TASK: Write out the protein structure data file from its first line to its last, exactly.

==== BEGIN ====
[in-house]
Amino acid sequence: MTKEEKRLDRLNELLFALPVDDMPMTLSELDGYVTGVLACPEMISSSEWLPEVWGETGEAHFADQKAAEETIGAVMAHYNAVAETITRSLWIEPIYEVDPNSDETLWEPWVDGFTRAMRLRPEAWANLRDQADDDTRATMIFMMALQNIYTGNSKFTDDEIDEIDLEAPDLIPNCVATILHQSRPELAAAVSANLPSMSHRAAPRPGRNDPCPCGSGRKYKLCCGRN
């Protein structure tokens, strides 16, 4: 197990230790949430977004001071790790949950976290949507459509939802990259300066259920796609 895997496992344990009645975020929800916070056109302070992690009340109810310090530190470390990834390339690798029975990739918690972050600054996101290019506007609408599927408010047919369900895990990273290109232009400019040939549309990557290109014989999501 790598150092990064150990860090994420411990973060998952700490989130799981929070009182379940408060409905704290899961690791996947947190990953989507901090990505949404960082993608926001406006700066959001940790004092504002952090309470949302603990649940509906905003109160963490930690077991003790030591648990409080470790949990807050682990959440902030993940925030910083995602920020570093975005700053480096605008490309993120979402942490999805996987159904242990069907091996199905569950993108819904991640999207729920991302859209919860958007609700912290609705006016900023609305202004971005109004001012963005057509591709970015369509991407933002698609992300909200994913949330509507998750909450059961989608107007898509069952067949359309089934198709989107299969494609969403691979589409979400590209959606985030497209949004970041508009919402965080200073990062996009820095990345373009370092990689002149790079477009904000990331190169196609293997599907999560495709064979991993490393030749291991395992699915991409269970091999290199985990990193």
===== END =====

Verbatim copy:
[in-house]
Amino acid sequence: MTKEEKRLDRLNELLFALPVDDMPMTLSELDGYVTGVLACPEMISSSEWLPEVWGETGEAHFADQKAAEETIGAVMAHYNAVAETITRSLWIEPIYEVDPNSDETLWEPWVDGFTRAMRLRPEAWANLRDQADDDTRATMIFMMALQNIYTGNSKFTDDEIDEIDLEAPDLIPNCVATILHQSRPELAAAVSANLPSMSHRAAPRPGRNDPCPCGSGRKYKLCCGRN
């Protein structure tokens, strides 16, 4: 197990230790949430977004001071790790949950976290949507459509939802990259300066259920796609 895997496992344990009645975020929800916070056109302070992690009340109810310090530190470390990834390339690798029975990739918690972050600054996101290019506007609408599927408010047919369900895990990273290109232009400019040939549309990557290109014989999501 790598150092990064150990860090994420411990973060998952700490989130799981929070009182379940408060409905704290899961690791996947947190990953989507901090990505949404960082993608926001406006700066959001940790004092504002952090309470949302603990649940509906905003109160963490930690077991003790030591648990409080470790949990807050682990959440902030993940925030910083995602920020570093975005700053480096605008490309993120979402942490999805996987159904242990069907091996199905569950993108819904991640999207729920991302859209919860958007609700912290609705006016900023609305202004971005109004001012963005057509591709970015369509991407933002698609992300909200994913949330509507998750909450059961989608107007898509069952067949359309089934198709989107299969494609969403691979589409979400590209959606985030497209949004970041508009919402965080200073990062996009820095990345373009370092990689002149790079477009904000990331190169196609293997599907999560495709064979991993490393030749291991395992699915991409269970091999290199985990990193």